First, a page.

In the recent Salon interview, Nadar said “the most manipulated voter is a single-issue voter.” He’s right. In order to work together on issues of fundamental importance, whether they are regional issues here in California, or issues that face the entire nation, both sides will have to accept that their incongruous partners still bitterly oppose many of their most cherished ideals.

*   *   *

Ed Ring is the executive director of the California Policy Center.

 

 

Covered California Charges a TAX on its Policies $13.95 per month—surprised?

If you bought an expensive, but inferior health care plan through Covered California, did you know you were also paying a tax of $13.95 a month—with the money going to finance the Administration of the plan? The plan you bought includes the cost of Administration, this is a double tax on your plan. Government knows how to tax in a way the people paying do not know.

“Various states have proposed solutions to handle the cost of running an exchange going forward. For example:

  • California has authorized a $13.95 monthly assessment on plans purchased through its exchange.”

  • taxes

States Seek Alternative Exchange Funding Before Federal Aid Expires

California Healthline, 5/20/14

There is concern among state officials, particularly in the 14 states and the District of Columbia that run their own health insurance exchanges, about how to fund those exchanges once federal funding ends in 2015, Modern Healthcare reports.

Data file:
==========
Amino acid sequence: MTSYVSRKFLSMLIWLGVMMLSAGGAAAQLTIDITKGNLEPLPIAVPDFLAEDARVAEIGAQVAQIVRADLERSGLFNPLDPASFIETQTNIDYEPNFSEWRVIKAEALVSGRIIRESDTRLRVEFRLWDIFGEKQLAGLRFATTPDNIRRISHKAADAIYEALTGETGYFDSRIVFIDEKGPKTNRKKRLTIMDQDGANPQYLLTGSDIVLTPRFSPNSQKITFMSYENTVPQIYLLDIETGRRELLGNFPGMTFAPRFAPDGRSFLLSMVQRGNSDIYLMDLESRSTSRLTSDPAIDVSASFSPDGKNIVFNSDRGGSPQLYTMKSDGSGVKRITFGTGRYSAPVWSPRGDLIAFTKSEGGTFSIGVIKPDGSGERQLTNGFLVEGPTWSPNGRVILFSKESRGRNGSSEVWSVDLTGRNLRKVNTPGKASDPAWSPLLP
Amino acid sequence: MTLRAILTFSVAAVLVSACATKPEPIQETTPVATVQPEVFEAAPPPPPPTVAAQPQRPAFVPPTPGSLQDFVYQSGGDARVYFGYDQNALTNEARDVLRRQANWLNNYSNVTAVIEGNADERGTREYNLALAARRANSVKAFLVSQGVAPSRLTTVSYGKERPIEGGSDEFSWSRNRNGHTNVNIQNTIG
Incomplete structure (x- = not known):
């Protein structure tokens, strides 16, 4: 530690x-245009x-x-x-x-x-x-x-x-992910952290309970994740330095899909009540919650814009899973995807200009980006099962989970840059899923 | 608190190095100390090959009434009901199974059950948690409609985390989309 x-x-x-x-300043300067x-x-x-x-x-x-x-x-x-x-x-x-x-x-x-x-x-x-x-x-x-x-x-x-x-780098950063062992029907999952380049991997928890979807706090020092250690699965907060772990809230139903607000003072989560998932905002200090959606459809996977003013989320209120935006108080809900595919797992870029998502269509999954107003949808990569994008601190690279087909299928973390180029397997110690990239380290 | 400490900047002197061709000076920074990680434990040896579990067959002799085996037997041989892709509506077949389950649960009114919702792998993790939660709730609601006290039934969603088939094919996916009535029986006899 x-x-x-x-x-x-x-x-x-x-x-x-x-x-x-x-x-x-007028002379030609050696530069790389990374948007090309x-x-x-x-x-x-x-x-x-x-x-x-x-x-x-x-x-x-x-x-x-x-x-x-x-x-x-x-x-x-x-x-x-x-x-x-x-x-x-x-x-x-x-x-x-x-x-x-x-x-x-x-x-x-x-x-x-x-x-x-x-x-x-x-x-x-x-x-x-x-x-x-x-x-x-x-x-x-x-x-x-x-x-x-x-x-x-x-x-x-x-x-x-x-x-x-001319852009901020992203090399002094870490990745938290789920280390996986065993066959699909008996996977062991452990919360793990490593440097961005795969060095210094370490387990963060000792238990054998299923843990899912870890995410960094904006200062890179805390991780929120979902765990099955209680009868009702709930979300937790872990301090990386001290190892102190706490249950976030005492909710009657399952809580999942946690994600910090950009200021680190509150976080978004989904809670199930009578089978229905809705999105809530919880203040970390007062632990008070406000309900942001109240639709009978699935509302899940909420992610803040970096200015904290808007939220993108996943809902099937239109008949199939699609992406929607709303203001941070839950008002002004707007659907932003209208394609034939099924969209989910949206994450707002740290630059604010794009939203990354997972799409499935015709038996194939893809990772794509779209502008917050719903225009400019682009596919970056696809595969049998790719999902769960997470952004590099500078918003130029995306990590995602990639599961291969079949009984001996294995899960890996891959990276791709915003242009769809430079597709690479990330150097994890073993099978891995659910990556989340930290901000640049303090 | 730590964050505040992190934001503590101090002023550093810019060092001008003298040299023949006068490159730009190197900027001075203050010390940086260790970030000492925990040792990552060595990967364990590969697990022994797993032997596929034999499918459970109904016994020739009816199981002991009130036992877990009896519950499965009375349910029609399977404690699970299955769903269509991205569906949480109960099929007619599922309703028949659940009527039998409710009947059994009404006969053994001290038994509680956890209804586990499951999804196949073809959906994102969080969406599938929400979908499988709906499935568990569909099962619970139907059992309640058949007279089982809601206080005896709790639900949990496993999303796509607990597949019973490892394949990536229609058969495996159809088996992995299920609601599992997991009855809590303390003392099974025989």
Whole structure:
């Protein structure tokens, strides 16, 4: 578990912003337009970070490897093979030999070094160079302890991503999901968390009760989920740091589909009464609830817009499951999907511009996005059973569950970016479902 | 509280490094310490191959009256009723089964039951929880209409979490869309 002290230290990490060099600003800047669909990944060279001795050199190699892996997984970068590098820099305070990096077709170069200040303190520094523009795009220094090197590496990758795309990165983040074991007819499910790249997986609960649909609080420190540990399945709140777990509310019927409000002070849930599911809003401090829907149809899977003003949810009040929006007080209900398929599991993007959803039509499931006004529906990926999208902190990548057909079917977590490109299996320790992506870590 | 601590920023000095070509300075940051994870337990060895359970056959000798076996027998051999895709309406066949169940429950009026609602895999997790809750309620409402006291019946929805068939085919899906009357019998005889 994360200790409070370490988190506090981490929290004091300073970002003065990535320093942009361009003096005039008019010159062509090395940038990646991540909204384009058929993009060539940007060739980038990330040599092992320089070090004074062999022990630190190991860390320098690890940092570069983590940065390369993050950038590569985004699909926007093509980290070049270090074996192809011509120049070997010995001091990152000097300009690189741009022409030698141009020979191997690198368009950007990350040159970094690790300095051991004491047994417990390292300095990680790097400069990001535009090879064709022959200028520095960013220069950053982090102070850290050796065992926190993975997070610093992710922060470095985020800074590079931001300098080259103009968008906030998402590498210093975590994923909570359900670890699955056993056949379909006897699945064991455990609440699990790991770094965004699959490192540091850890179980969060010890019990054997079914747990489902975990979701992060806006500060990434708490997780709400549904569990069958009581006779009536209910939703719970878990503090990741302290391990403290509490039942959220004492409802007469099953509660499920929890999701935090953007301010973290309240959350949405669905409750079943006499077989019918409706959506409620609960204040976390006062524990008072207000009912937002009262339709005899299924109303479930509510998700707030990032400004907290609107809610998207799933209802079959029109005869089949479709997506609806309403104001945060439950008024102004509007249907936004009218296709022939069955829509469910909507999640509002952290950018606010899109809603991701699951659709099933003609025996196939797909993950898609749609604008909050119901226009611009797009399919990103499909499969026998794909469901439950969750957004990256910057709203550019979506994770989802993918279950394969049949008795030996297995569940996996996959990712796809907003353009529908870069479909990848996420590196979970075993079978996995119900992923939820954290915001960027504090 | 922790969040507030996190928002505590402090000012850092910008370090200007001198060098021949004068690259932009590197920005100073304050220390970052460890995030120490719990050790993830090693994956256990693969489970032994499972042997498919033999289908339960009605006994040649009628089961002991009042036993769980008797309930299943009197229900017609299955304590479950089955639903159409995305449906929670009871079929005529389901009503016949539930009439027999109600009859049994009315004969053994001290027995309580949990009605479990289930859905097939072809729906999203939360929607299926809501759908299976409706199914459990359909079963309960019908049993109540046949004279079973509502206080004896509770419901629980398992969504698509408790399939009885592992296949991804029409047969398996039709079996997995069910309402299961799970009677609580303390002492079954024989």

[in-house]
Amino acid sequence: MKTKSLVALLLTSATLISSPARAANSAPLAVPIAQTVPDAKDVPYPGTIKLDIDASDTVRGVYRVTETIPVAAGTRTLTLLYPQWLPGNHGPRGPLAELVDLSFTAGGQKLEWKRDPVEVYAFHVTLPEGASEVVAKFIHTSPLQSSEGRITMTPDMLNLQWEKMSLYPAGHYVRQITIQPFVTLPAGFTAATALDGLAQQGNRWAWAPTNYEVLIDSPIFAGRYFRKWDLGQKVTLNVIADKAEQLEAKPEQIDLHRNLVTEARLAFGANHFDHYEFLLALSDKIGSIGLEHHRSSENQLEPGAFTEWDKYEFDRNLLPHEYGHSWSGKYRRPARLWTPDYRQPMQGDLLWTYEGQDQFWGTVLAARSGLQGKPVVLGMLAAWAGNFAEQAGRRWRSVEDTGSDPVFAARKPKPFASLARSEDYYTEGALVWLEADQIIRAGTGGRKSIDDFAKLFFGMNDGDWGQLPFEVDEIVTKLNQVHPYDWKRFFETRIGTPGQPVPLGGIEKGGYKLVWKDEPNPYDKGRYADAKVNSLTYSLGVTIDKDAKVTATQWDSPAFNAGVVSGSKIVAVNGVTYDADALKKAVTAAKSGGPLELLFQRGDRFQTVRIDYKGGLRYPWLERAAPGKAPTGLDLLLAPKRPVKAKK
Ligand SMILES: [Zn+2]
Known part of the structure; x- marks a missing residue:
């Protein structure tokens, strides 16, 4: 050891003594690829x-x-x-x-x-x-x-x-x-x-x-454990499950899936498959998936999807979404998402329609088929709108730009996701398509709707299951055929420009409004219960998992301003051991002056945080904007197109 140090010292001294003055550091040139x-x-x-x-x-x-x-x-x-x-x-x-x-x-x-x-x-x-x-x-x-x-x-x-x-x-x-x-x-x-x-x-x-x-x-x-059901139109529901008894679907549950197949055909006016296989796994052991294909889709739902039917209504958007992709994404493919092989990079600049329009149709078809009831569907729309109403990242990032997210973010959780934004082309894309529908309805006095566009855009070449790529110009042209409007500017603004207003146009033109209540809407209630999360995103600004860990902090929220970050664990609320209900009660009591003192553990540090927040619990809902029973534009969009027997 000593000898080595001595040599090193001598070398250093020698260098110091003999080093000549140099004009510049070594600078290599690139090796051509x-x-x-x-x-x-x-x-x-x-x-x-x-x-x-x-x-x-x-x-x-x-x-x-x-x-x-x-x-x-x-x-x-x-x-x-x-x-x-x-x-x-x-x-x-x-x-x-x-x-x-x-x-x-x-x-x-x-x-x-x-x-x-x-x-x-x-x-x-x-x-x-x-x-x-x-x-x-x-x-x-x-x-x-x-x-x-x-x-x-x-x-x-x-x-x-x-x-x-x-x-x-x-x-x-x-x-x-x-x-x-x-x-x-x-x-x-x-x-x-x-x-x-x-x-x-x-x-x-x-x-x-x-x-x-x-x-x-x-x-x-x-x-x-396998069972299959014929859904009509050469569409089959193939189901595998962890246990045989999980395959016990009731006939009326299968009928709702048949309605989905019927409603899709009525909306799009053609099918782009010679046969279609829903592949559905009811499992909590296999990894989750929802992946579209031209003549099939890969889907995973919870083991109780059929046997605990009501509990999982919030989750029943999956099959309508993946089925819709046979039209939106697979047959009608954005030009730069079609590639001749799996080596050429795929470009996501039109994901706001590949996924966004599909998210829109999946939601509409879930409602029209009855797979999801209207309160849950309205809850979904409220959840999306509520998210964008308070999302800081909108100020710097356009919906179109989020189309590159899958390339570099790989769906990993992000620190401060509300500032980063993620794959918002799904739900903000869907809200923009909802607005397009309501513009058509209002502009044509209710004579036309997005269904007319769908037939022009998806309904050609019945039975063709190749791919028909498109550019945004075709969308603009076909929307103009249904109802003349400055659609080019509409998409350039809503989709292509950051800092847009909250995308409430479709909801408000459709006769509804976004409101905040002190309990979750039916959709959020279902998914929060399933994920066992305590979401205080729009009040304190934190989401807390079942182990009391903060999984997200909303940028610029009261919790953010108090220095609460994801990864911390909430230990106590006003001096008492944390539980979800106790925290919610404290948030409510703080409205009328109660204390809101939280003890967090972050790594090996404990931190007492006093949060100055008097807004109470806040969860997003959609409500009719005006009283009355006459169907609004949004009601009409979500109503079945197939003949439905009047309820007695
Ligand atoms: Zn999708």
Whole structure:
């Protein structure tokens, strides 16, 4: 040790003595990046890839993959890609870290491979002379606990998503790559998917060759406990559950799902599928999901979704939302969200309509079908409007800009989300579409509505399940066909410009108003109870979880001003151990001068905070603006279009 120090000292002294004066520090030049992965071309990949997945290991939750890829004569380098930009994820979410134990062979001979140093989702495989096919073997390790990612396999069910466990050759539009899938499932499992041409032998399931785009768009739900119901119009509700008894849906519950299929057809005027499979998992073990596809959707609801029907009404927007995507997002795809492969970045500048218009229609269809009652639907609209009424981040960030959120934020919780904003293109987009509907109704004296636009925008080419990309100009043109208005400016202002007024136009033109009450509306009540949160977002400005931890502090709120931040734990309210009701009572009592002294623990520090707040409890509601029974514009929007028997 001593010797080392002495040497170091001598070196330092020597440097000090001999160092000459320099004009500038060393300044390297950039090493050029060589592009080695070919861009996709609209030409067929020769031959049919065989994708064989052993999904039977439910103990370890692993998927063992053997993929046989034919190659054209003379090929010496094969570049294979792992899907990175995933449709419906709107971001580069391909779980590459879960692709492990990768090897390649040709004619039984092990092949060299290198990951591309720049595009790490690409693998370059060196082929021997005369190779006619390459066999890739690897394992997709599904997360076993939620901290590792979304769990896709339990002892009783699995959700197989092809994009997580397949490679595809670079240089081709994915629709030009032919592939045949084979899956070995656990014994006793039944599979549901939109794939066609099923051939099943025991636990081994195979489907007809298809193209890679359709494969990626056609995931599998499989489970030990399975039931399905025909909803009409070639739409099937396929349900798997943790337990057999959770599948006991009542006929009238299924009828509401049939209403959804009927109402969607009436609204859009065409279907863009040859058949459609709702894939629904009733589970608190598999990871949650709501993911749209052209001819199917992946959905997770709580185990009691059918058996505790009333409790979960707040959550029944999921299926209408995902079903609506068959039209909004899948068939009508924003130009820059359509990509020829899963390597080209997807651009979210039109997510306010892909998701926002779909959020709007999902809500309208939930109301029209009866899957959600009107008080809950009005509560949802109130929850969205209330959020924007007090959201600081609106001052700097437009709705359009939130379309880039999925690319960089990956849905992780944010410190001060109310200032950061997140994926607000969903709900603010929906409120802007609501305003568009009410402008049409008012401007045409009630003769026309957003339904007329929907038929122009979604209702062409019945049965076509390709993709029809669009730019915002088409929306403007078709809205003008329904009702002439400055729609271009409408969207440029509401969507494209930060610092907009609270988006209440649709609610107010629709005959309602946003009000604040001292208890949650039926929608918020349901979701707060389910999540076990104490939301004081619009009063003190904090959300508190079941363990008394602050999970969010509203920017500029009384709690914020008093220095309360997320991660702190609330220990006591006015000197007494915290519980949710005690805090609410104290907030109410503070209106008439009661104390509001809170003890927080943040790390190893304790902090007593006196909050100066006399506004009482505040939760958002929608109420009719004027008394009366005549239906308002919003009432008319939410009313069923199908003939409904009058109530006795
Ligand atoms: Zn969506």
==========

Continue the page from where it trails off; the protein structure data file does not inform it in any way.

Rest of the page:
According to Modern Healthcare, states have received at least $4.7 billion to build and operate the exchanges so far.

Various states have proposed solutions to handle the cost of running an exchange going forward. For example:

  • California has authorized a $13.95 monthly assessment on plans purchased through its exchange;
  • In Colorado and Minnesota, officials have approved taxes of at least 3% on 2015 premiums for exchange plans; and
  • The Washington, D.C., city council earlier this month unanimously passed a tax of as high as 1% on premiums for coverage purchased by D.C. residents, even if the plans are not purchased through the district’s insurance exchange (Demko, Modern Healthcare, 5/16).